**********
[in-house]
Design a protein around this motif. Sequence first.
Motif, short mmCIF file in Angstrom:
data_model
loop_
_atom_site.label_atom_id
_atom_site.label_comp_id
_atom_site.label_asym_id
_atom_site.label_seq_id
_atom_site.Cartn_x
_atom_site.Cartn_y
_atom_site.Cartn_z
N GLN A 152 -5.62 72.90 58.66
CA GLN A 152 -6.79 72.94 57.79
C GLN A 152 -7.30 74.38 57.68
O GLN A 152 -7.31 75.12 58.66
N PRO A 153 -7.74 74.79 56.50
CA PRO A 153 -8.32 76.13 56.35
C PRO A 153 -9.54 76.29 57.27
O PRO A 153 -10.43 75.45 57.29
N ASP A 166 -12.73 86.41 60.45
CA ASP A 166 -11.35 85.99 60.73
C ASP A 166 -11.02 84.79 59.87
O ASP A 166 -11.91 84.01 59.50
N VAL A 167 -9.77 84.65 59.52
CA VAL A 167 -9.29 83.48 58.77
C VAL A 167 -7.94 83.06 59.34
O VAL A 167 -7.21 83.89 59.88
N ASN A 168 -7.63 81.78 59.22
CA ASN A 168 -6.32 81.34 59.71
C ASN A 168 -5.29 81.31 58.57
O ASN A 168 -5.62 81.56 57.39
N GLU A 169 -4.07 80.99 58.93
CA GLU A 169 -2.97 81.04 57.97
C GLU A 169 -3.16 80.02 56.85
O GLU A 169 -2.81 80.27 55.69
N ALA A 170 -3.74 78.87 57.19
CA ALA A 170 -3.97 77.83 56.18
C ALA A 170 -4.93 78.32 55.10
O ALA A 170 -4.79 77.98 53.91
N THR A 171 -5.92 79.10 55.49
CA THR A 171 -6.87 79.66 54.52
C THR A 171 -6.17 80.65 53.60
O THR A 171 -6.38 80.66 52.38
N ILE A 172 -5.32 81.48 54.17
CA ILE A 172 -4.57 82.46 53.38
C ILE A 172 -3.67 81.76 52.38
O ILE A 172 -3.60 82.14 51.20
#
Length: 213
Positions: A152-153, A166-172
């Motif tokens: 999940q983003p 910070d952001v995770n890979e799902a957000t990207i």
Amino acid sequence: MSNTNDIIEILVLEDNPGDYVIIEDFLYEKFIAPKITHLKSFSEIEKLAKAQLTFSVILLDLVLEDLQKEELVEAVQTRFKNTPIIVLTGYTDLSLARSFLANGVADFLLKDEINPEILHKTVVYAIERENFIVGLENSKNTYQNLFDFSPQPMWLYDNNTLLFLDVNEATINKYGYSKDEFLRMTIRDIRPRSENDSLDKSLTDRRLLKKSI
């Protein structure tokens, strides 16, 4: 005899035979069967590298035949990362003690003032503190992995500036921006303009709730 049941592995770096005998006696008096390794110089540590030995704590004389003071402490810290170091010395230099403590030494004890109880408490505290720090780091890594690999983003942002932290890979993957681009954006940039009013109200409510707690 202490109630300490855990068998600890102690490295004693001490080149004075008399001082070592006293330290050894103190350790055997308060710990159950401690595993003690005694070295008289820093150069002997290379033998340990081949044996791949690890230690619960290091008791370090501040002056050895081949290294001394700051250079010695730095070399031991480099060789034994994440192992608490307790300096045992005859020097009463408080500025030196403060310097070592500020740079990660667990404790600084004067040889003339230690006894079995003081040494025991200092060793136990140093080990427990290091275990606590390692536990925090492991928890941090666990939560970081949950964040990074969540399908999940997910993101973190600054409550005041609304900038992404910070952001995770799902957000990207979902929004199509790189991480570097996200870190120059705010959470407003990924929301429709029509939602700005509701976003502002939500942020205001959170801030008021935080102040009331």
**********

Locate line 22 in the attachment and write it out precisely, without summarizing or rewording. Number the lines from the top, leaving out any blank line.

CA ASP A 166 -11.35 85.99 60.73